If her husband, significant other, mother, best friend, or community health worker knows about maternal health risks, then those people can help. They can say things like, “I don’t think this headache you’ve had for three days is typical of a pregnancy or for you. Let’s call your doctor.” Raising awareness among the people who make up women’s support teams is critical.
We also need providers to understand that the prevalence of maternal mortality is much greater in certain communities, so you cannot treat everyone the same. As a provider, I need to recognize that I may need to respond differently if an African American woman presents with the same symptoms as a white woman because there are conditions that affect communities of color in greater prevalence than they do the white community, such as preeclampsia.
Every provider wants to provide high-quality care for all their patients. They also need to realize that sometimes what constitutes a quality intervention may vary depending on who they’re serving.
What would it mean to co-design ways to prevent maternal mortality?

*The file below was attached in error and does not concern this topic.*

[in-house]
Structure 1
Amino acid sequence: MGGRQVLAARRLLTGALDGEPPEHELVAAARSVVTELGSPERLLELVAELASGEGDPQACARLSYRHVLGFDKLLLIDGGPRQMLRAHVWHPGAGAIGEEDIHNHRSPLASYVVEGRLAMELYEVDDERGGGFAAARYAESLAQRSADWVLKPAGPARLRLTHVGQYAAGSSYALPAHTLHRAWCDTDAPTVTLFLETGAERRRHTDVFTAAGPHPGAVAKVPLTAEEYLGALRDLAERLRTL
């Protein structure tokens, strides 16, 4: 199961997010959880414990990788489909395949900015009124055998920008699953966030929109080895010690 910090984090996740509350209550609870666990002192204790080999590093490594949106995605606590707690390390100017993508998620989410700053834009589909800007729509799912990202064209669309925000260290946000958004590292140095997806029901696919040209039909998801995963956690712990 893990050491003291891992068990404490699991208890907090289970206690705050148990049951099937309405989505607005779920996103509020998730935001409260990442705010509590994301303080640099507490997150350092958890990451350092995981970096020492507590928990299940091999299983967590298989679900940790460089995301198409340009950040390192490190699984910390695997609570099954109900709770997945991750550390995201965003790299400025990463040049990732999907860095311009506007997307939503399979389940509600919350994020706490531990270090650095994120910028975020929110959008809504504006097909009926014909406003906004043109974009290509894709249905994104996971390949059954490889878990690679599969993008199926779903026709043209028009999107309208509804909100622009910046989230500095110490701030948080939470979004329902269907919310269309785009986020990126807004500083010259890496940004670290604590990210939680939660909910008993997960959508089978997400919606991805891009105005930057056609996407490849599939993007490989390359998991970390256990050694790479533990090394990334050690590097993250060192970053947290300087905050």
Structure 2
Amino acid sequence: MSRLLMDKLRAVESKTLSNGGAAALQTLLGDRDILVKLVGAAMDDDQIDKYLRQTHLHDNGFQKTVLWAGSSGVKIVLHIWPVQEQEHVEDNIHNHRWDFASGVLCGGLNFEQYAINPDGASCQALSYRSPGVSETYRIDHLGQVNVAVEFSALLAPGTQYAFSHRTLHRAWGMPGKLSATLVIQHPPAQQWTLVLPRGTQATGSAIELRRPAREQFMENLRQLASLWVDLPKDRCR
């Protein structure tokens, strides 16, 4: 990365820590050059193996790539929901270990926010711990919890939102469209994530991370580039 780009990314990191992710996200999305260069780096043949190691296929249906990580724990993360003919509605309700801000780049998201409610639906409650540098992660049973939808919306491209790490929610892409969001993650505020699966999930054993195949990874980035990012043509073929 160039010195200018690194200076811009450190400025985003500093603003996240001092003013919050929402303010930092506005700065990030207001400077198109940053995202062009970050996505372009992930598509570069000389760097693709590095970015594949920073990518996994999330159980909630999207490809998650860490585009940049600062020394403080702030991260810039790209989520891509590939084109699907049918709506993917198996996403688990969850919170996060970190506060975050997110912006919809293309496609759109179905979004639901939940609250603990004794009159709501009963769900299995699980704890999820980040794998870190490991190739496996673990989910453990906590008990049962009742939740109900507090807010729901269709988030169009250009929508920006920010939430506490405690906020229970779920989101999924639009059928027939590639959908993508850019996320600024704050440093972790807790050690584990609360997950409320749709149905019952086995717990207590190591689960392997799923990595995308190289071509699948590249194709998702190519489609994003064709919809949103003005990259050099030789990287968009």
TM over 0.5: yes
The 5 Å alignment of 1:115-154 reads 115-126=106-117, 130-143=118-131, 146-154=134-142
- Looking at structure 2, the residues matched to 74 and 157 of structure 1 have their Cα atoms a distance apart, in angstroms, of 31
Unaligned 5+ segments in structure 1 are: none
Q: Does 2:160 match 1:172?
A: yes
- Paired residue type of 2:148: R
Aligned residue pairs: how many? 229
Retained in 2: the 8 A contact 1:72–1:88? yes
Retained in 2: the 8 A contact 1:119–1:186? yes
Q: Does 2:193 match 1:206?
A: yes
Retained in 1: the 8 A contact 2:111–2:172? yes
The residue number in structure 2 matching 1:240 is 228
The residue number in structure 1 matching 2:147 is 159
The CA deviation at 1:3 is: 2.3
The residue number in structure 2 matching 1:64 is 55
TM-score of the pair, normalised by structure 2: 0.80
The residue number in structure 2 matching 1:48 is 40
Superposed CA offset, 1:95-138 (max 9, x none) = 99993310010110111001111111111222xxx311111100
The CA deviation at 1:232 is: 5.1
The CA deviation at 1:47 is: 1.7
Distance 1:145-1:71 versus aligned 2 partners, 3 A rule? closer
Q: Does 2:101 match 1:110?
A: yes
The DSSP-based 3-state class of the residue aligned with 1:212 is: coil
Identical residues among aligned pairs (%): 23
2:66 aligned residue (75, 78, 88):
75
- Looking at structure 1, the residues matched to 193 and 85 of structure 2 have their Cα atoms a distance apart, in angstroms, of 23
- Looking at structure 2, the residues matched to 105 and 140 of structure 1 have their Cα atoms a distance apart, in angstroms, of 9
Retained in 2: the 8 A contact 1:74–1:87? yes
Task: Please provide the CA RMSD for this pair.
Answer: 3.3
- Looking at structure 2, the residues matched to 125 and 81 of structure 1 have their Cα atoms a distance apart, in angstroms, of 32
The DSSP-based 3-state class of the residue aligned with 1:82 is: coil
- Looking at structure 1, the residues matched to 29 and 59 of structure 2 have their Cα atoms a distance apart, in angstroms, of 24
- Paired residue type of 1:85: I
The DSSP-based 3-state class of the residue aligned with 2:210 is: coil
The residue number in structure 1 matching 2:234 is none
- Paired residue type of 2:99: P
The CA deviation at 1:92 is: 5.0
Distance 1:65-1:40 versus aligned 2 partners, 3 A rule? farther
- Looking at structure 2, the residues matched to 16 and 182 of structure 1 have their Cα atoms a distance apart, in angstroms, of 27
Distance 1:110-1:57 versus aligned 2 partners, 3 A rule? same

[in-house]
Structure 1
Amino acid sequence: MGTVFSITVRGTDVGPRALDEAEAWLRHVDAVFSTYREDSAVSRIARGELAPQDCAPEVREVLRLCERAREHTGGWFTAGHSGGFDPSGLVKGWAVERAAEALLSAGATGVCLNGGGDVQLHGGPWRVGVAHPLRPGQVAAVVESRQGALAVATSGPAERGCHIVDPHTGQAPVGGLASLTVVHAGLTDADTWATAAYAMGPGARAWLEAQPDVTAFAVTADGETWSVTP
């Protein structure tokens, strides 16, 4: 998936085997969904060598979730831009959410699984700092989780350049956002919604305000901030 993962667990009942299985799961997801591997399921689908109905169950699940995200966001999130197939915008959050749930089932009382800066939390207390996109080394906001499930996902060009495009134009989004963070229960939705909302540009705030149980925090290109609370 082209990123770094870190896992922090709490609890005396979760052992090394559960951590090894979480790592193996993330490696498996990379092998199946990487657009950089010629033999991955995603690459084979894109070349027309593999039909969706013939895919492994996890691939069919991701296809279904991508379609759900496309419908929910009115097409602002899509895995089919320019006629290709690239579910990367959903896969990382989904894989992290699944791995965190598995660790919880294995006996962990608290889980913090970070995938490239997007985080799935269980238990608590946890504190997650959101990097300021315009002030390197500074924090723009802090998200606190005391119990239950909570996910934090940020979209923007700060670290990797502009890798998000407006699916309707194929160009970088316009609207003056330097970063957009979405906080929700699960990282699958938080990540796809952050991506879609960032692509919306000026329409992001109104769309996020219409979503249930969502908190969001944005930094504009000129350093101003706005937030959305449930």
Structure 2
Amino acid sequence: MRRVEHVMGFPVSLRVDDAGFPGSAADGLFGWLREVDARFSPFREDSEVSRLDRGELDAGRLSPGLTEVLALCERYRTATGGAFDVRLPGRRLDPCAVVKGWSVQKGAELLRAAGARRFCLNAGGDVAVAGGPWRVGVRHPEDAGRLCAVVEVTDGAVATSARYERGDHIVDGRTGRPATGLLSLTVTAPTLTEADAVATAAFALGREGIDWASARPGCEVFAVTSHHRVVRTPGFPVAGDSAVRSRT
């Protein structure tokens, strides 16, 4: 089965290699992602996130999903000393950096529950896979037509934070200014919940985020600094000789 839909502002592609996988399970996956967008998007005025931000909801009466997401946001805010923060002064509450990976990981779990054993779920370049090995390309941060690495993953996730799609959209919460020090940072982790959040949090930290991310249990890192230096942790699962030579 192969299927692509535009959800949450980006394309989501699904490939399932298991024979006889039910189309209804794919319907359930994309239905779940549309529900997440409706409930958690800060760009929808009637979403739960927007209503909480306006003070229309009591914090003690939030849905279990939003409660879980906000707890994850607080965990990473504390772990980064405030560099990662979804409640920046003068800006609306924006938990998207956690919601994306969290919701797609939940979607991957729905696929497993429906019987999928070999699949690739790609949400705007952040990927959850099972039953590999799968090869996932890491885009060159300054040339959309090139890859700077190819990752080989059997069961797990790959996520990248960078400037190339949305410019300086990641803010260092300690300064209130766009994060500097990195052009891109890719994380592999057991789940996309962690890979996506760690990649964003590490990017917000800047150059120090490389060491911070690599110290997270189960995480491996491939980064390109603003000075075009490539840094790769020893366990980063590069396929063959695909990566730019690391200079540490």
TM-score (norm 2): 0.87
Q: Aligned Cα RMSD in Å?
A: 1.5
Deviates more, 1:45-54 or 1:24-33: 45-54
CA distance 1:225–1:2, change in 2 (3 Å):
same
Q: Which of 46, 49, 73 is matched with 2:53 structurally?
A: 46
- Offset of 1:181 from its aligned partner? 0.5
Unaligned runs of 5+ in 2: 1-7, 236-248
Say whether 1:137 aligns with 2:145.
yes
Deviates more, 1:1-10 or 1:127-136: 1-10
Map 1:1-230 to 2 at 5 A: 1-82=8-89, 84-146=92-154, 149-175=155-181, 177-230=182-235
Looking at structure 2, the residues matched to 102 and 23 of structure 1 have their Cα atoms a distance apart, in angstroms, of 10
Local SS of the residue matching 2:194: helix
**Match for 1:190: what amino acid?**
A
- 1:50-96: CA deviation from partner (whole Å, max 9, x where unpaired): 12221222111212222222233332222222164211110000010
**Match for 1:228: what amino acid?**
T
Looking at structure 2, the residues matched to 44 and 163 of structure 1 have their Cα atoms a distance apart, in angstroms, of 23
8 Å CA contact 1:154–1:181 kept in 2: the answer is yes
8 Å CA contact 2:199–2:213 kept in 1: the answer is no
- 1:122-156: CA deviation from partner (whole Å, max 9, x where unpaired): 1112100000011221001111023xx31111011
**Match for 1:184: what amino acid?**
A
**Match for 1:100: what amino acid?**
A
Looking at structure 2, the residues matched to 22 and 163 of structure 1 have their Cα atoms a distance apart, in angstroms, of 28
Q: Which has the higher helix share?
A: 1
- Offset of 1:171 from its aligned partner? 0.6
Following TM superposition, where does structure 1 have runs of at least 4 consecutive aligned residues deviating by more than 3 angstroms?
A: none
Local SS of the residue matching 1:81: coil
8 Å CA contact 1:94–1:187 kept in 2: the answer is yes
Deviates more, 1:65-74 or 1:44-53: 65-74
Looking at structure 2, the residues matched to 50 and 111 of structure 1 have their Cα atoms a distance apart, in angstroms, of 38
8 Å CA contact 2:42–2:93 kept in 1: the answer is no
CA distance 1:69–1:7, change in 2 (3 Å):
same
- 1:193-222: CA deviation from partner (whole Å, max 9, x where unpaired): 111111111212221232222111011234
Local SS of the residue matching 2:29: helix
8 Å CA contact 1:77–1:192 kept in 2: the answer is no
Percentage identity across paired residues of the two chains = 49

We need a community-based participatory approach to this work. You have to involve the people who have been most affected. We know about 50,000 women experience life-threatening or co-morbid complications related to pregnancy or childbirth. They’ve had experiences that they can share with us. They can help co-design better ways to reach and support pregnant women. We need those family members, colleagues, friends, and girlfriends to be part of that co-design. It’s a very diverse, heterogeneous group of people that need to be involved in co-designed efforts to achieve greater health equity.
Why are you committed to this work?
I practiced emergency medicine physician for 20 years in a busy free-standing emergency department that saw 60,000 patients a year. In the emergency department, you realize that pregnancy is not a benign condition. It can have very serious complications if it’s not managed well.